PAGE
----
While we’re talking about the hacker episode: what is going on with the Internet in Almost Human? Token Female Cops 1 and 2 have a clunky conversation about how the bomb videos are appearing on “the darknet” (a term the writers obviously don’t understand), and talk about bringing in a cybercrimes unit, but why is there not already a cybercrimes unit, or at least a cybercrimes guy, on the force? In 2050, is there seriously nobody in the whole police station capable of tracking down the IP address of a live video with thousands of viewers? Brooklyn Nine-Nine, a half-hour cop comedy, has one line in one episode about hiring a teen hacker to help with their online security, which all by itself gives that show a more believable prediction of the future than anything Almost Human has ever done.

I’ll continue griping about their use of technology in my second point about inconsistent setting, but let’s finish the first point by mentioning the sheer non-futuristic nature of the show in general. There’s an episode about drugs that has exactly three futuristic elements: a subcutaneous listening device, a magical drink that turns you into a GPS locator, and the androids themselves. That’s it. The drug isn’t real, but it isn’t science-fictional either, it’s just a green drink that makes you high and kills you, and honestly I’m being very generous counting the subcutaneous wire, too. Turn the magical drink into a radio beacon, give the cops a magnifying glass and a forensics bag, and that entire episode could take place in the 80s. The episode about artificial hearts has a little chip that could exist today; the YouTube episode combines 10-year-old Internet technology with a bomb-around-the-neck trope that’s older than I am. The magical sniper bullet episode, while kind of ridiculous, at least posits two science fictional technologies (the magical sniper bullet and the memory scrubber) and then crafts a story that couldn’t exist without them. That’s awesome, I admit, and the fact that the most well-developed SF is from the most recent episode gives me hope, but not much: it turns out that the sniper bullet episode was actually the second one written and filmed, right after the pilot, which means the SF writing has been getting worse over time, not better.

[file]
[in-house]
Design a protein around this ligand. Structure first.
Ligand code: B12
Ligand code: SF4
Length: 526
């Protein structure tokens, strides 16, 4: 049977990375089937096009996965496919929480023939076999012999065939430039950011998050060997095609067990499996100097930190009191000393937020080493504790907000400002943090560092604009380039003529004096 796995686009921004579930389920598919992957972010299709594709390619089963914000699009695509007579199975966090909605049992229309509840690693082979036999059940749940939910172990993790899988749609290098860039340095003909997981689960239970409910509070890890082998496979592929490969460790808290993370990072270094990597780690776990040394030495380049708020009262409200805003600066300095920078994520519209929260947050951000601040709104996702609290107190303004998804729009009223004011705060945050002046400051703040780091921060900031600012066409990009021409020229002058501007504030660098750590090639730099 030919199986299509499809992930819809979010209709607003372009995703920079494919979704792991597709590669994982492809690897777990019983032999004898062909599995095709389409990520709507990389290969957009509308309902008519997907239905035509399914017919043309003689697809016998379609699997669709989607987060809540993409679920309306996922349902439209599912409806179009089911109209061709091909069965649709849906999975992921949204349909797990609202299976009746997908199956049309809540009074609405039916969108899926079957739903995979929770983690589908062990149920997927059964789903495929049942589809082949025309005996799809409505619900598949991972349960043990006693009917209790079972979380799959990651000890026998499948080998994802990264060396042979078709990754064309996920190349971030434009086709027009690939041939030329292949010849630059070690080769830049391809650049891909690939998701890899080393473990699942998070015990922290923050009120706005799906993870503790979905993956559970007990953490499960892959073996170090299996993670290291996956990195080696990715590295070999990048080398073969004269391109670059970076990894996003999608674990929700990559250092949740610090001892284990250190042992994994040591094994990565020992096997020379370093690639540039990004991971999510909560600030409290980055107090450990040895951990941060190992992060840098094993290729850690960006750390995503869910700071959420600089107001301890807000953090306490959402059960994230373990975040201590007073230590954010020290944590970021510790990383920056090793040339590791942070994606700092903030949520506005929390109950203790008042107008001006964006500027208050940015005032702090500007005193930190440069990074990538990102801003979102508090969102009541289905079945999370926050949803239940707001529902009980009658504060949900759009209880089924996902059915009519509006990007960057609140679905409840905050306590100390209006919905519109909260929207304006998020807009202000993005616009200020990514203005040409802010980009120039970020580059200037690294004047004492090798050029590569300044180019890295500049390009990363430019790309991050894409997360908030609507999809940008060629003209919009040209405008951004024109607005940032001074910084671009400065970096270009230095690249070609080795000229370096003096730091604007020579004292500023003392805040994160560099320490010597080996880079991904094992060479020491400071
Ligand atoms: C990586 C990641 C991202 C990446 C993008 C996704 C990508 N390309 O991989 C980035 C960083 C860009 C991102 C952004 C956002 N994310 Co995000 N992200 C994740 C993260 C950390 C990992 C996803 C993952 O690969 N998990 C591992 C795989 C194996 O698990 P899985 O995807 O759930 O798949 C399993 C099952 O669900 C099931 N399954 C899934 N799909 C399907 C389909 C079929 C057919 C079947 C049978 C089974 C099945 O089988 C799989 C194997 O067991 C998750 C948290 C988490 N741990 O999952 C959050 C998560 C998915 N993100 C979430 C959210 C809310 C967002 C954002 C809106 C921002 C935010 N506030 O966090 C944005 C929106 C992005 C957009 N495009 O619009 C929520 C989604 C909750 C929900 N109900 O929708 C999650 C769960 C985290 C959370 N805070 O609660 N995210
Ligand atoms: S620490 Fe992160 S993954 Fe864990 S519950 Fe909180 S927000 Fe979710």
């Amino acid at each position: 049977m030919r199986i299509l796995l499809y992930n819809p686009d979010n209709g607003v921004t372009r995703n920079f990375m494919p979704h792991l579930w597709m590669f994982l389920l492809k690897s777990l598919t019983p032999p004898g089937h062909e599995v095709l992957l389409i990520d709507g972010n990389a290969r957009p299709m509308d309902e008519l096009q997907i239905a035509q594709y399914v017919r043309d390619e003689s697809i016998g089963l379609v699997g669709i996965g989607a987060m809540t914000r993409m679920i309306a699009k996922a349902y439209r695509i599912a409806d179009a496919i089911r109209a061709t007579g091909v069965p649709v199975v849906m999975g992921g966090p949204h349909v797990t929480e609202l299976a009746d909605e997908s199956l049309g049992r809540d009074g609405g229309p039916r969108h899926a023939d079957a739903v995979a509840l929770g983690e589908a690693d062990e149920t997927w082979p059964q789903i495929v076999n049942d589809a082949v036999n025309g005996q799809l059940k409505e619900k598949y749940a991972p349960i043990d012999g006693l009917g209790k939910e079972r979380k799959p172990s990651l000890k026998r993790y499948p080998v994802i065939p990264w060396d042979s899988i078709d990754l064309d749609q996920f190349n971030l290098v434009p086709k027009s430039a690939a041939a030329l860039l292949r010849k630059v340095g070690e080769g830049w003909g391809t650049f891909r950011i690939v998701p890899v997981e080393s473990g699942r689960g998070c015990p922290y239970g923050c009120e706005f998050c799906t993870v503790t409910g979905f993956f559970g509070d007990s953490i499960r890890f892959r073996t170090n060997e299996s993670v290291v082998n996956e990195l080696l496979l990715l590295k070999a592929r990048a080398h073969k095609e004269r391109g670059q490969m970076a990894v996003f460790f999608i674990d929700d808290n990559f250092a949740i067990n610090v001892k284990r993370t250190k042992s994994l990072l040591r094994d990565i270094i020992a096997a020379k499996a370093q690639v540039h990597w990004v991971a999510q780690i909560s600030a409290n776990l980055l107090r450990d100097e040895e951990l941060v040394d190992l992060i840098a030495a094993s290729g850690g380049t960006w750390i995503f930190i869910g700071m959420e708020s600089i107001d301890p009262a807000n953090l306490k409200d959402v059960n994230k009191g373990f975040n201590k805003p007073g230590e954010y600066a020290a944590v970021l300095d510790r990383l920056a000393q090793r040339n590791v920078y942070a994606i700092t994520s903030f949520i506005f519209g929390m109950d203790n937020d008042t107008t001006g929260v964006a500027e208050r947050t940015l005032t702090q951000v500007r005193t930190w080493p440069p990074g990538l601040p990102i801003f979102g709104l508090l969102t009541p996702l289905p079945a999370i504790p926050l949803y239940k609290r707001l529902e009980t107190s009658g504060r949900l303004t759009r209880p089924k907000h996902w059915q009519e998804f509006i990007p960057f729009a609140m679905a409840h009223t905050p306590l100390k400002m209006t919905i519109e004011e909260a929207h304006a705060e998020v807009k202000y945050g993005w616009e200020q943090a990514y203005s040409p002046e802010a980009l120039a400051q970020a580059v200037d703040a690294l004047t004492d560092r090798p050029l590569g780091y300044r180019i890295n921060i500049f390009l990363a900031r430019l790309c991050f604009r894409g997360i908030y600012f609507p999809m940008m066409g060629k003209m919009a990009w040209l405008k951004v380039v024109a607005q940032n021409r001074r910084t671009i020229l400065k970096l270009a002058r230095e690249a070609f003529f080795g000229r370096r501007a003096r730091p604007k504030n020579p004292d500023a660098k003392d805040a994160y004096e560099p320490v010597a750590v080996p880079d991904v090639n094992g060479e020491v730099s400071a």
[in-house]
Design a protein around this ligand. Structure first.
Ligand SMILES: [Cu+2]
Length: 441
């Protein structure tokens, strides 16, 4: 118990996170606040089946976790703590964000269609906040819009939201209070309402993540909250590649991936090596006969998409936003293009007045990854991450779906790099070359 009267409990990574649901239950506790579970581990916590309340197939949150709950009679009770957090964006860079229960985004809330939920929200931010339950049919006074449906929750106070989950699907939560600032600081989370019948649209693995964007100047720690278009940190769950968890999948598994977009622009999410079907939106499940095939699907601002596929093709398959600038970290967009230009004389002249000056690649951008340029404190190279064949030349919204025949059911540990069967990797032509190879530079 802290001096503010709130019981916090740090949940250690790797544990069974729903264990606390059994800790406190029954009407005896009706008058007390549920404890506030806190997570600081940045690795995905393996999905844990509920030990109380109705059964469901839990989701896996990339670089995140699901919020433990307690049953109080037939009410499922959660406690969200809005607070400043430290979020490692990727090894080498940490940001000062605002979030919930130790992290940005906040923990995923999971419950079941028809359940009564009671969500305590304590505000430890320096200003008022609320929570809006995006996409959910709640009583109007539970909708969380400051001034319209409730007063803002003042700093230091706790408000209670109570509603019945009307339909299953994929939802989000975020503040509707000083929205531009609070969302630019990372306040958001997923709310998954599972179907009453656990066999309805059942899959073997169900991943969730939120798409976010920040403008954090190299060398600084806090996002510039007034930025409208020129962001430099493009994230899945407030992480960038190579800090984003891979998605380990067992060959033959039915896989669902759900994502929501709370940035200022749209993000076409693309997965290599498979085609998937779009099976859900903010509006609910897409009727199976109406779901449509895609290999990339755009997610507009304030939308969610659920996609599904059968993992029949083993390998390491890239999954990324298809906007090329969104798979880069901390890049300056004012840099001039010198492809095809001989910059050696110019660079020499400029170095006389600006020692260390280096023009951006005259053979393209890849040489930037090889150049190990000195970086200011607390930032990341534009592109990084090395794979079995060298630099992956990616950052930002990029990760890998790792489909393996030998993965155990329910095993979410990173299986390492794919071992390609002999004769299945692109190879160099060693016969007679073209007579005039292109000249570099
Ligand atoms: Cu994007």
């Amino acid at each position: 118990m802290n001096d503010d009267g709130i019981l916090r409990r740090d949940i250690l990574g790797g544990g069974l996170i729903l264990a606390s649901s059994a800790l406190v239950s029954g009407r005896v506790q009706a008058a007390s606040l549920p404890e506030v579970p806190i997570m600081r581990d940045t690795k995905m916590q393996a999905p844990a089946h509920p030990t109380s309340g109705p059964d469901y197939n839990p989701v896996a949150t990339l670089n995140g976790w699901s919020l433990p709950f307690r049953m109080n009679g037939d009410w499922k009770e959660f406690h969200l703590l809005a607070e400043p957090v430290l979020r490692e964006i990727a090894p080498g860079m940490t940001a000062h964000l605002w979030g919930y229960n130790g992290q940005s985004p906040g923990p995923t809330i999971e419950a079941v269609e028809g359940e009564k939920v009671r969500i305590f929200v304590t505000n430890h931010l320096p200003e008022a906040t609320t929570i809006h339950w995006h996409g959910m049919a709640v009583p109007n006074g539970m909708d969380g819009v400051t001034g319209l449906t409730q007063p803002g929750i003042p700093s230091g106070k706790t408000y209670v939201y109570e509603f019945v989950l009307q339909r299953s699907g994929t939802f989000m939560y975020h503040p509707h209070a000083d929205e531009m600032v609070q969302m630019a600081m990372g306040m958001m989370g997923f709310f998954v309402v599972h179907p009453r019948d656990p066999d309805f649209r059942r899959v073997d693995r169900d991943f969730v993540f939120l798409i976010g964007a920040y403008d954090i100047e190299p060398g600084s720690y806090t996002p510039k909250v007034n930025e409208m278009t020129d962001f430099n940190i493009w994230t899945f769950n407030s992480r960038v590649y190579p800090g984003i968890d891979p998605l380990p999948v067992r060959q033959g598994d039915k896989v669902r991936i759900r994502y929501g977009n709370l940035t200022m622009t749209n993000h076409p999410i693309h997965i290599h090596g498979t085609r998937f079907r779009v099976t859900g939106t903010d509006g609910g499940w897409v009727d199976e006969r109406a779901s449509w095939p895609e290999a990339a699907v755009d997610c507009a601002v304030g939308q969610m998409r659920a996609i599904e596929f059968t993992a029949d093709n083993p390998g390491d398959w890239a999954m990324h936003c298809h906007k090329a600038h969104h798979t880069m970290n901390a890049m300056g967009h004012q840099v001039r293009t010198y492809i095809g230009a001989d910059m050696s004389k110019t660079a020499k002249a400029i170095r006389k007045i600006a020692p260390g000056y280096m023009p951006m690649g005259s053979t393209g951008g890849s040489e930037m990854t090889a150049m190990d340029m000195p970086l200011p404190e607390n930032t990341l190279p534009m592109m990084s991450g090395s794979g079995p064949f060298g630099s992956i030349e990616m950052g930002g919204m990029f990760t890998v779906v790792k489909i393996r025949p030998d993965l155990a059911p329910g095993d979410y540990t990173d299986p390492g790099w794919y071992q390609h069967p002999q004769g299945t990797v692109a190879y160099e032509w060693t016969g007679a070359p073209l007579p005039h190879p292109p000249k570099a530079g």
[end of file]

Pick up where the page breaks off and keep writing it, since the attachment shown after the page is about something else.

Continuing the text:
Someone on twitter, when I started complaining about this, described Almost Human as being a projection not of modern technology, but of 80s technology; it’s the same future imagined in movies like RoboCop. This is actually a fantastic description of how the show feels, right down to Karl Urban’s silly name and Road Warrior car. Someone else linked me to an io9 article positing that this 80s feel was intentional on the part of the writers, as kind of a retro-future period piece, but that I don’t buy for a minute. Too much of our current technology (web cams, bitcoins, surveillance drones) is creeping in; if they were actively trying to recreate the future as we saw it in the 80s, there’d be less of that and more of other things, like virtual reality and Asian influence. I find it far more likely that they decided to make an android show, gathered up all the near-future elements that were already in the public consciousness (ie, RoboCop and the rest of the stuff from the 80s), and called it a day.